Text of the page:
Some Yankee fans can't forgive him for the way he left New York (and one notable player can't let go of the humiliation he felt batting eighth one time in his life). But much like the inspiration I gleaned from teachers past, with words of advice that have stayed with me always -- "You'll never make it past the seventh grade"; "Why don't you empty the trash today -- you might as well get used to it"; "Have you ever discussed the idea of home schooling with your parents?"; "Not everybody has to go to college, you know"; "There's no shame in being unintelligent - that's just the way God made you" -- most of Torre's former players look up to him as a father figure and look fondly upon the years when he was their leader.

Here are the top stories of the week in the world of New York sports:

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July 1: As Jackie Gleason used to say, "And awaaaay we go!" LeBron is sitting back home in Ohio, letting all the teams come to him Godfather-style. He even hired Tom Hagen as his consigliere to handle the negotiations, and Luca Brasi will be standing by if anybody gets out of hand. Hey, NHL free agency has started, too. No word yet on whether Ilya Kovalchuk will be camping out at LeBron's house to accept any of his suitors. But the Rangers did find Martin Biron hiding in the King's basement, and signed him to a two-year contract to back up the other King, Henrik Lundqvist. And Glen Sather's mystifying signing of Derek Boogaard just upped LeBron's value. For all the comings and goings, check out SB Nation New York's LeBronathon and NHL 2010 Free Agent Watch.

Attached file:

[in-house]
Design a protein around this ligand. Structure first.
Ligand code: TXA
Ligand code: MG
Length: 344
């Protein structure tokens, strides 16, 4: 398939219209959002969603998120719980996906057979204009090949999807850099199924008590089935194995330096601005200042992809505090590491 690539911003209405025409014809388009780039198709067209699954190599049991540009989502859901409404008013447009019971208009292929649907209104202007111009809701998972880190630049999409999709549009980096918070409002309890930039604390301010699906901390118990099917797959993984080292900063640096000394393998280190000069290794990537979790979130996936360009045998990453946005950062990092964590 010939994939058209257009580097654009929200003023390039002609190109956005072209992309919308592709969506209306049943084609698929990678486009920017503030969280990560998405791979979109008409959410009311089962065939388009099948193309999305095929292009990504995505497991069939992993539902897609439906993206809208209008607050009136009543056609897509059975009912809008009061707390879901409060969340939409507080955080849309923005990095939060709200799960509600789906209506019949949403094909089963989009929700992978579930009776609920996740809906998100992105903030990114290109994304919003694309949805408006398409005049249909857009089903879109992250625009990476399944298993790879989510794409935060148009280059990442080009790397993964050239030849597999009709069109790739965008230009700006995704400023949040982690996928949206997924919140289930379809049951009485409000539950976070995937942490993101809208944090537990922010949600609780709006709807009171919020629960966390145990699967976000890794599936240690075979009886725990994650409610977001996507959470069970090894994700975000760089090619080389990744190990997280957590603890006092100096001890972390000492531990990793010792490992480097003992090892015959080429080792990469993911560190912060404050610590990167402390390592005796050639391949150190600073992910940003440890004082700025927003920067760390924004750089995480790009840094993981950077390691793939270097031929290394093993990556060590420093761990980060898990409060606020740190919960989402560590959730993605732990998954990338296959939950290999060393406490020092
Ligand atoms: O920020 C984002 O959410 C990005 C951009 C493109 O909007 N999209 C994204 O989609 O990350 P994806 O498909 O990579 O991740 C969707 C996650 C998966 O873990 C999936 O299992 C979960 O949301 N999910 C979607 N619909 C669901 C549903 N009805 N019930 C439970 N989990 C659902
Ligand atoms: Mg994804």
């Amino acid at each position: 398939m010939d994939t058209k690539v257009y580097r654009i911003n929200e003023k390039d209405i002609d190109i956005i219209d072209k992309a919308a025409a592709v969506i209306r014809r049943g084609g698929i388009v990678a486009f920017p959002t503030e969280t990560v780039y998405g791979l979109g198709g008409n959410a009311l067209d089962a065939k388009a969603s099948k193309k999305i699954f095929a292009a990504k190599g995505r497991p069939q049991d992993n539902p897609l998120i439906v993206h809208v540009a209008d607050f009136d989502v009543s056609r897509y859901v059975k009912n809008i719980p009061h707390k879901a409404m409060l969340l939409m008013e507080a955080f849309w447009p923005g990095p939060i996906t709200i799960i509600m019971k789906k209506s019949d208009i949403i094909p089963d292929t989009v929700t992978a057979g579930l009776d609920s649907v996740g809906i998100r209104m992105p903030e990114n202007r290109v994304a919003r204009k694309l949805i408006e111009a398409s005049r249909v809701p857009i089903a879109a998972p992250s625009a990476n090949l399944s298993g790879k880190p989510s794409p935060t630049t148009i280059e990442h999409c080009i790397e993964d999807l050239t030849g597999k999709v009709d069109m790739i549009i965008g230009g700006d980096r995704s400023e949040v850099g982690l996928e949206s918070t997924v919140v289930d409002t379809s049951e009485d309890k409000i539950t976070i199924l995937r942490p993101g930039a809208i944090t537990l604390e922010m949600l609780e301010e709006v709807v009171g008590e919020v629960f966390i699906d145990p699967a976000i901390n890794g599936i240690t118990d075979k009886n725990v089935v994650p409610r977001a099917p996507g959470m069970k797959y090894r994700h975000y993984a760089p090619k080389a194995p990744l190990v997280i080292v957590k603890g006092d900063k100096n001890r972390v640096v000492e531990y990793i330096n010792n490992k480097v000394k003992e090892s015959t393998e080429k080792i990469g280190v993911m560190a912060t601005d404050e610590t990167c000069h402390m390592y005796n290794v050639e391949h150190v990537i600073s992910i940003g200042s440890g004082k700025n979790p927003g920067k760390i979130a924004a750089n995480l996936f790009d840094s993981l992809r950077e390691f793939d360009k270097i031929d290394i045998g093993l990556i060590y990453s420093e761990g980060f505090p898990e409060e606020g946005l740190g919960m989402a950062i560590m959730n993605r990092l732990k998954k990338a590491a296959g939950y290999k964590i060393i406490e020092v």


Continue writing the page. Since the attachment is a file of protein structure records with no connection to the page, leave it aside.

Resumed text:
The Last of Interleague Play: It was A-Rod's Revenge in LA over the weekend. Alex Rodriguez hit home runs in the first and last games, both Yankee victories. There was finally an awkward get-together between Torre and A-Rod before Sunday night's dramatic comeback win, which was orchestrated by ESPN's script consultant. In between the two victories, A.J. Burnett officially declared himself a disaster. He had the worst month of any Yankee pitcher in their history who started at least five games. The Yanks finished their road trip at a successful 4-2, though. Meanwhile, over at Citi Field, the Mets took care of the Twins, winning on Friday and Sunday. The only bump in the road was provided by Carl Pavano, who mowed down the Mets offense and angered Yankee fans at the same time - where was that during his four painful seasons in the Bronx (well, Tampa)? Now I'm not judging - and not that there's anything wrong with it -- but Pavano sure looks an awful lot like Freddy Mercury with that mustache. I kept expecting him to start twirling a half microphone stand while breaking into "Bohemian Rhapsody." Finally, while the Yankees series was all about Joe Torre, where was the Ron Gardenhire tribute and tears for the former Met when the Twins came to town? Let's give him his due. In parts of five seasons playing shortstop (and a little second and third) with the Mets, he batted .232, hit four home runs and drove in 49 runs, but was plagued by injuries his whole career. He was scrappy and played the game the right way, much like his Twins do now. He didn't sport muttonchops, but he did have a nice wispy mustache going (there seems to be a theme going on here). And he was born in West Germany. How many major leaguers can say that?